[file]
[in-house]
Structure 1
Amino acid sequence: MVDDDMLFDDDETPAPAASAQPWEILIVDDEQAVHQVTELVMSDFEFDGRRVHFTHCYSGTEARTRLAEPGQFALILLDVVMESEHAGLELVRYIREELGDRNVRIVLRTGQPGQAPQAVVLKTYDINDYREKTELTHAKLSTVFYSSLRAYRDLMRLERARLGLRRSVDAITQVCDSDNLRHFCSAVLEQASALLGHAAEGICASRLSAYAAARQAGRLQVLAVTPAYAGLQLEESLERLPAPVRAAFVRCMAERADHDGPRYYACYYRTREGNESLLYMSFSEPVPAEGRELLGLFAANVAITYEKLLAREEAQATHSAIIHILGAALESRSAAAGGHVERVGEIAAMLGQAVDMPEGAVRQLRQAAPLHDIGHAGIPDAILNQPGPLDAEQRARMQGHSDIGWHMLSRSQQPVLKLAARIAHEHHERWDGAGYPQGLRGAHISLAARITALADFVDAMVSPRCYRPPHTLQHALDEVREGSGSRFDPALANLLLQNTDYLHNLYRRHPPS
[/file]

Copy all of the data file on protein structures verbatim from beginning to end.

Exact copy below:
[in-house]
Structure 1
Amino acid sequence: MVDDDMLFDDDETPAPAASAQPWEILIVDDEQAVHQVTELVMSDFEFDGRRVHFTHCYSGTEARTRLAEPGQFALILLDVVMESEHAGLELVRYIREELGDRNVRIVLRTGQPGQAPQAVVLKTYDINDYREKTELTHAKLSTVFYSSLRAYRDLMRLERARLGLRRSVDAITQVCDSDNLRHFCSAVLEQASALLGHAAEGICASRLSAYAAARQAGRLQVLAVTPAYAGLQLEESLERLPAPVRAAFVRCMAERADHDGPRYYACYYRTREGNESLLYMSFSEPVPAEGRELLGLFAANVAITYEKLLAREEAQATHSAIIHILGAALESRSAAAGGHVERVGEIAAMLGQAVDMPEGAVRQLRQAAPLHDIGHAGIPDAILNQPGPLDAEQRARMQGHSDIGWHMLSRSQQPVLKLAARIAHEHHERWDGAGYPQGLRGAHISLAARITALADFVDAMVSPRCYRPPHTLQHALDEVREGSGSRFDPALANLLLQNTDYLHNLYRRHPPS